Scary Stories To Tell In The Dark Movie Review: Factitious attempt at Scares
More so, Marco Beltrami and Anna Drubich's background score and cinematographer Roman Osin's graphics enabled atmospherics can do little to shore up the shudders here!
Scary Stories To Tell In The Dark
Cast: Zoe Margaret Colletti, Michael Garza, Gabriel Rush, Gil Bellows, Dean Norris, Austin Zajur, Natalie Ganzhorn, Austin Abrams, Kathleen Pollard
Director: André Øvredal
The popular Alvin Schwartz's Children's horror stories of the same name now has a cinematic turn (Guillermo del Toro shares credit as writer and producer), but it's definitely not all for the better. As staple terror tales go, this one has enough creepy and grotesque elements (corpses, demonic scarecrows, creepy spiders, dark hidden rooms, fleshy ghoul etc.) that would otherwise have scared the bejeesus out of the intended young target audience but lack of coherence and poor compilation of sequences makes this horror flick a little too feeble to be scary.
Schwartz's Scary Stories to Tell in the Dark series — three books in total each one comprising 25(or a few more) tales, the first volume of which was published in 1981, may have been pretty popular but it also drew ire for the macabre illustrations by Stephen Gammell. Unfortunately the same cannot be said of this movie adaptation directed by André Øvredal (Trollhunter, The Autopsy of Jane Doe).
The film, set in small-town America around the time when young Americans were being drafted for Vietnam, has a bunch of teenagers ; Introvert & wannabe writer Stella Nichols (Zoe Margaret Colletti), Auggie (Gabriel Rush) ,Chuck (Austin Zajur) and the young Hispanic teen, Ramón Morales (Michael Garza) who joins this little group by chance, trespass into long-deceased Sarah Bellows (Kathleen Pollard) haunted mansion during Halloween – only to realise that their interference has stirred up a vengeful ghost who writes ( right before their eyes) about their death in blood within her diary.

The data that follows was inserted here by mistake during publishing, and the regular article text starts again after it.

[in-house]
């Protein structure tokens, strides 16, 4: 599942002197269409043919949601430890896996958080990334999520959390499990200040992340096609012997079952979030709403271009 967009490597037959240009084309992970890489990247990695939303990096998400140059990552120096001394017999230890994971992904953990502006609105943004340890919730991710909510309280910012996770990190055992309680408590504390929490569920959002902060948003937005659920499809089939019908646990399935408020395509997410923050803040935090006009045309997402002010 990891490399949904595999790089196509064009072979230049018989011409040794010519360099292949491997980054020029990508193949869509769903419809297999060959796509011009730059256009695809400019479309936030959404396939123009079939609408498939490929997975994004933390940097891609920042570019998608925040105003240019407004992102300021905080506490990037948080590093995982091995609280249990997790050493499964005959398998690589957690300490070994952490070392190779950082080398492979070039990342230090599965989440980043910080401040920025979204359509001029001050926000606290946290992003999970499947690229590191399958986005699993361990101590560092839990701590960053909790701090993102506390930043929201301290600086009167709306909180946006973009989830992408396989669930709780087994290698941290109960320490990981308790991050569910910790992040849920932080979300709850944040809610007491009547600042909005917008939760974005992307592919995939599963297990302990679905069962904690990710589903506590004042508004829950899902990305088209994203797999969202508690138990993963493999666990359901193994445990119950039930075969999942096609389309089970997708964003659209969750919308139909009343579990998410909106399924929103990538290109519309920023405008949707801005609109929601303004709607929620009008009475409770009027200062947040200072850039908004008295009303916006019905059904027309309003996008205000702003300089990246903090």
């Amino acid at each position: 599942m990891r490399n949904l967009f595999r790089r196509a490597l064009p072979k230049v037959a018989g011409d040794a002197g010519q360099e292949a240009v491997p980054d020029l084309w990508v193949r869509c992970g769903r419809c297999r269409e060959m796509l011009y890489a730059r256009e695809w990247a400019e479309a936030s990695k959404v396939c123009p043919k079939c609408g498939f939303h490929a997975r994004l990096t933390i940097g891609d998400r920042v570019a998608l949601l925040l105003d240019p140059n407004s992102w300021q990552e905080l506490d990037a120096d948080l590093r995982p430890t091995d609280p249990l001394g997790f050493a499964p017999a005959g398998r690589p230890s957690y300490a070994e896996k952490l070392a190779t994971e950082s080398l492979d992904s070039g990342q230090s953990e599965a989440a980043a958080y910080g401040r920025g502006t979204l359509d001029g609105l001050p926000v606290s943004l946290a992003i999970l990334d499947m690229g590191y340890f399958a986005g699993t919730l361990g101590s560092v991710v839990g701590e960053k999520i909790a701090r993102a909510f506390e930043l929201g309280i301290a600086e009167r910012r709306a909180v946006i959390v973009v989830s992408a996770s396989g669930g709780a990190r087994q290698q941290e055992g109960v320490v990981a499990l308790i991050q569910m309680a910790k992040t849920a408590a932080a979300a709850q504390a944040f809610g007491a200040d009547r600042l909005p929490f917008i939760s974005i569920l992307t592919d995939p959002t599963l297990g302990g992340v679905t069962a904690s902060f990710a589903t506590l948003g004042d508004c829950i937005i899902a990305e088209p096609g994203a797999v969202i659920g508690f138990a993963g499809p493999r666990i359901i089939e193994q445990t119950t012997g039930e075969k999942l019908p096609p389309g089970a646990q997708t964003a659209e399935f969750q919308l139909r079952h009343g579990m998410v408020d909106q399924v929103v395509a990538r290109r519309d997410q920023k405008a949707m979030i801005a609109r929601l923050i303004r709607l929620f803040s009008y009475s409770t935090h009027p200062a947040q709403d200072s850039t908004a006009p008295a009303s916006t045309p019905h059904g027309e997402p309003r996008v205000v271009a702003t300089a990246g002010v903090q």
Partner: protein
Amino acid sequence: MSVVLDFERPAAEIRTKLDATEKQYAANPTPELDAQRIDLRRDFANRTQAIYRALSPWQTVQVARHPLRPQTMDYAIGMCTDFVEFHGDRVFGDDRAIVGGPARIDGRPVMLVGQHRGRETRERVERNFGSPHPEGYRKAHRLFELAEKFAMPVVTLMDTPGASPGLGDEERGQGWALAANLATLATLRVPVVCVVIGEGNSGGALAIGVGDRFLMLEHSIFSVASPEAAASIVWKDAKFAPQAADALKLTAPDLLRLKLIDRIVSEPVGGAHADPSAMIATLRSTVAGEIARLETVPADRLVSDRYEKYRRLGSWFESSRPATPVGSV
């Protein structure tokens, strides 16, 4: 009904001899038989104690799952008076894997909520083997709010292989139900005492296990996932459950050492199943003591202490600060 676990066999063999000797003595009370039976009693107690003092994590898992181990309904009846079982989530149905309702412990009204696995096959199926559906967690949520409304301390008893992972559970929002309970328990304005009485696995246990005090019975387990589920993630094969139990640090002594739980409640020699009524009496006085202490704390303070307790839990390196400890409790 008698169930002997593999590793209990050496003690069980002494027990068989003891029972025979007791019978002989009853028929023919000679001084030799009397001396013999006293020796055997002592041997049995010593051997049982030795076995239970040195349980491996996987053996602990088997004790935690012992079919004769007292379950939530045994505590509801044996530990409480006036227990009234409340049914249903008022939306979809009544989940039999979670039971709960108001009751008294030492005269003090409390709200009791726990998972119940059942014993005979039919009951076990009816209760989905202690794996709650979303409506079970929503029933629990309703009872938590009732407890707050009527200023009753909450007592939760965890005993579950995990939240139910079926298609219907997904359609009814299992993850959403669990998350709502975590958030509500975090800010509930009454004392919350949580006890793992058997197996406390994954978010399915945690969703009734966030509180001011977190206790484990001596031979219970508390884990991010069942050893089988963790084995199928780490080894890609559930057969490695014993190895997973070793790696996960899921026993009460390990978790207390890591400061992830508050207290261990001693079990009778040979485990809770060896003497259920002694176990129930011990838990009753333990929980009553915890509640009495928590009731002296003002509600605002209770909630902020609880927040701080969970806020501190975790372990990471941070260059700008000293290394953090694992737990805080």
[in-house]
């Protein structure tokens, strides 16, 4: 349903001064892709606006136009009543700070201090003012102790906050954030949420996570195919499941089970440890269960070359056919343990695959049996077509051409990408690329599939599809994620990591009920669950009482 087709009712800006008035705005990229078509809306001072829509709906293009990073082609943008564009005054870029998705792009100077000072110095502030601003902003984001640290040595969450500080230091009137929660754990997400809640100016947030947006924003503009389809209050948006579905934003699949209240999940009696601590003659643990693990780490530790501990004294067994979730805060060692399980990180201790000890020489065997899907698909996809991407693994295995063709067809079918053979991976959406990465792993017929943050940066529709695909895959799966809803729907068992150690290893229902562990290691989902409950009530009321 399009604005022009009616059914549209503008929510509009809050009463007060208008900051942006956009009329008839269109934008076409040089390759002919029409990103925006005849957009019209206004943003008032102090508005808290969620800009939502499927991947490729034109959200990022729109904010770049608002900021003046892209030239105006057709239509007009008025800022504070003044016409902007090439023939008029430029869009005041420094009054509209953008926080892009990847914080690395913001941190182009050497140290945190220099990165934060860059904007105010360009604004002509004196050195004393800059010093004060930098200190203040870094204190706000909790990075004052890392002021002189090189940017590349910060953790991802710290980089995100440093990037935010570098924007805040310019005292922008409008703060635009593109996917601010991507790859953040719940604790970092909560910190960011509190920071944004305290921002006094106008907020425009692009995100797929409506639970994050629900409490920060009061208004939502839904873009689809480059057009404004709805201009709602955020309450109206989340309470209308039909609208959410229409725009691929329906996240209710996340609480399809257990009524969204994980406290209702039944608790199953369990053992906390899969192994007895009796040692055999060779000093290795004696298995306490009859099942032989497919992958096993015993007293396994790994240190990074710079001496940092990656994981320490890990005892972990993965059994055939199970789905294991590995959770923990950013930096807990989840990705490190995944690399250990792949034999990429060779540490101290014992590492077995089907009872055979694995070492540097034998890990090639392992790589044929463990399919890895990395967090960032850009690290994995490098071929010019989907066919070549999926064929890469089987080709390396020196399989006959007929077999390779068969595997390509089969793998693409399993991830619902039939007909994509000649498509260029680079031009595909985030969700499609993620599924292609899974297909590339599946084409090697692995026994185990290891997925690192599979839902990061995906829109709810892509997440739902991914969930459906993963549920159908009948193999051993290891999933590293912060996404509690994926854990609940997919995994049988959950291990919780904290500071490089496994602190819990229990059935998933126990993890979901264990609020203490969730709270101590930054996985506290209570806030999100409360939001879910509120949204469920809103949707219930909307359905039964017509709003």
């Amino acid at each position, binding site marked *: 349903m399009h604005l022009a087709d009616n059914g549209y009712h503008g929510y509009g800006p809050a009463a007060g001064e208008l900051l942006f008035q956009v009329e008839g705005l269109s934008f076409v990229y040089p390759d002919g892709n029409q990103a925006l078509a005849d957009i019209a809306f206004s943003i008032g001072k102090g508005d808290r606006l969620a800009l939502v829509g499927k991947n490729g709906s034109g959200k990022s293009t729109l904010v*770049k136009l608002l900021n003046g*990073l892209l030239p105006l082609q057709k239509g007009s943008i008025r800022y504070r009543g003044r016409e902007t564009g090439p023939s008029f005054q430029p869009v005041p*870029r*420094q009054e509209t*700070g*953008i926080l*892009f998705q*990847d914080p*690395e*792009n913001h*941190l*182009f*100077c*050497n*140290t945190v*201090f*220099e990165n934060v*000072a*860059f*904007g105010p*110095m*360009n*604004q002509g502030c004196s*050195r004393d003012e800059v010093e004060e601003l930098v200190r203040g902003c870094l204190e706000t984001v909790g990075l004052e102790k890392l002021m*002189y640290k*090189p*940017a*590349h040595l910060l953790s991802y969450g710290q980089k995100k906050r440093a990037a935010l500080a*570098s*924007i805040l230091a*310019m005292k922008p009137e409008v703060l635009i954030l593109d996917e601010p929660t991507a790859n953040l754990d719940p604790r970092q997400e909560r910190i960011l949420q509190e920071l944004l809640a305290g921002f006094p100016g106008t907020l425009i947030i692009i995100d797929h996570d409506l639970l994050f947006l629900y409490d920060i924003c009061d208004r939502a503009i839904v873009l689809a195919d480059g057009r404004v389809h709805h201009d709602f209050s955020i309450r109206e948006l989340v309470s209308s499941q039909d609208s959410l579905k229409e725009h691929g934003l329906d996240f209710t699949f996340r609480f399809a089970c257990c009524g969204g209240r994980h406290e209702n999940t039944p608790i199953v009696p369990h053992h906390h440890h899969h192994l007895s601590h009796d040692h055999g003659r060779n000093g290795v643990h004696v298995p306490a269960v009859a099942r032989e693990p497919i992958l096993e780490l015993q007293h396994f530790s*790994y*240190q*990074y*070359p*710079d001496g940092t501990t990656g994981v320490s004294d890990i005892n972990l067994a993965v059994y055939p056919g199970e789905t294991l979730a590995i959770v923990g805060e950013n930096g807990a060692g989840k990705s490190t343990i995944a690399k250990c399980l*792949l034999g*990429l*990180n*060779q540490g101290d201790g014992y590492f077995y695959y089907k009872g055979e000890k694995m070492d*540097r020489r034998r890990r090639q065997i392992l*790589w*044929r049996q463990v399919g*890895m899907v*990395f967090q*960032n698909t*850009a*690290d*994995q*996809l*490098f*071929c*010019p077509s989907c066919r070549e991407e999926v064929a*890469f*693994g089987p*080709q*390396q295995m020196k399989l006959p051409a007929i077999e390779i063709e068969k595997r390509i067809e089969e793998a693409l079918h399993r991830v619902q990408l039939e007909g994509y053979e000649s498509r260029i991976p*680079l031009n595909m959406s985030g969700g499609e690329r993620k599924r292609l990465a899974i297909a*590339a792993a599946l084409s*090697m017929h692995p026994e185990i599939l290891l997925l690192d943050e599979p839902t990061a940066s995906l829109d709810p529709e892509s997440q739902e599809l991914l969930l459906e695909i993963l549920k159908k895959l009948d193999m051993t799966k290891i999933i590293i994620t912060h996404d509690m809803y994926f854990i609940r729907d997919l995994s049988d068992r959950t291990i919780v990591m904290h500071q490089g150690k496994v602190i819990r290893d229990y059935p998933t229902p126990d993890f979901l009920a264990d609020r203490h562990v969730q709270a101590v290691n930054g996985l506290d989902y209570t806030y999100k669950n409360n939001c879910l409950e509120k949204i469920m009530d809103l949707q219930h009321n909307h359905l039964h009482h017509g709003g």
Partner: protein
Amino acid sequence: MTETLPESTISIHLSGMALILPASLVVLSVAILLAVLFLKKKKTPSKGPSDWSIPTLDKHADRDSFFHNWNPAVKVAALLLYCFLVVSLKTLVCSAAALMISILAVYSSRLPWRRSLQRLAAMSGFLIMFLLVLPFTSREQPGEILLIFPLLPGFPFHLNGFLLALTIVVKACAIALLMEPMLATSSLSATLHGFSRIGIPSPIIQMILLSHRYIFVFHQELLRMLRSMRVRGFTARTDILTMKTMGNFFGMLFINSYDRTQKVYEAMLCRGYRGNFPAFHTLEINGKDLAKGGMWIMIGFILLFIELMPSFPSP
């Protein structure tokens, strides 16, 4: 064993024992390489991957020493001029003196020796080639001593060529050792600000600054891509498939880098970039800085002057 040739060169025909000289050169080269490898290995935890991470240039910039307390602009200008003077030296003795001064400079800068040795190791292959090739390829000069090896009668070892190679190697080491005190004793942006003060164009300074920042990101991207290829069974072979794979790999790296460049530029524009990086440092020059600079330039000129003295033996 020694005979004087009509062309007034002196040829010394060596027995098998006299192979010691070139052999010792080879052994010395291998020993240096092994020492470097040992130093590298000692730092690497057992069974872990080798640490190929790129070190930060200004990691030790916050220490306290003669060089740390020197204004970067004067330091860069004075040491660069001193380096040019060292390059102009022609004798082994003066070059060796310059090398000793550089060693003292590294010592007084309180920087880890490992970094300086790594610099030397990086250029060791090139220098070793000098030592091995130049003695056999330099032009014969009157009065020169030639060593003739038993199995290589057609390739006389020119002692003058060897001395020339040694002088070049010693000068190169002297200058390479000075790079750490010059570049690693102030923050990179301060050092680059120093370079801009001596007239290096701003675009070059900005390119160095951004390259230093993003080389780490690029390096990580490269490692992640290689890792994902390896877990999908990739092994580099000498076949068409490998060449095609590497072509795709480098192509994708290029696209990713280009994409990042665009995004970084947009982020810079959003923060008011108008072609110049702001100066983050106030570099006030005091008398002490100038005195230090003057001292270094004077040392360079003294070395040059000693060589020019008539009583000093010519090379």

Watch Scary Stories To Tell In The Dark Trailer
American teens as they are wont to do, are far more curious and adventurous and enjoy far more freedoms than Asians – so the script has them ignoring parental control, being secretive and willful to a fault and even endangering their own lives – all on a whim. So it's a little difficult to relate to the high-risk situations they get themselves into. In the background we see signs of political turmoil- Nixon's posters being defaced by Swastikas and some of the characters ( Local cop and town bully) lean towards racism in their interactions with the main leads. If only André Øvredal could have employed enough skill to make such window dressing matter in the scheme of things. Even Del Toro's monsters look out of place. They come from nowhere and have no cohesive link with the main ghost so their presence evokes far more curiosity than chills. More so, Marco Beltrami and Anna Drubich's background score and cinematographer Roman Osin's graphics enabled atmospherics can do little to shore up the shudders here!
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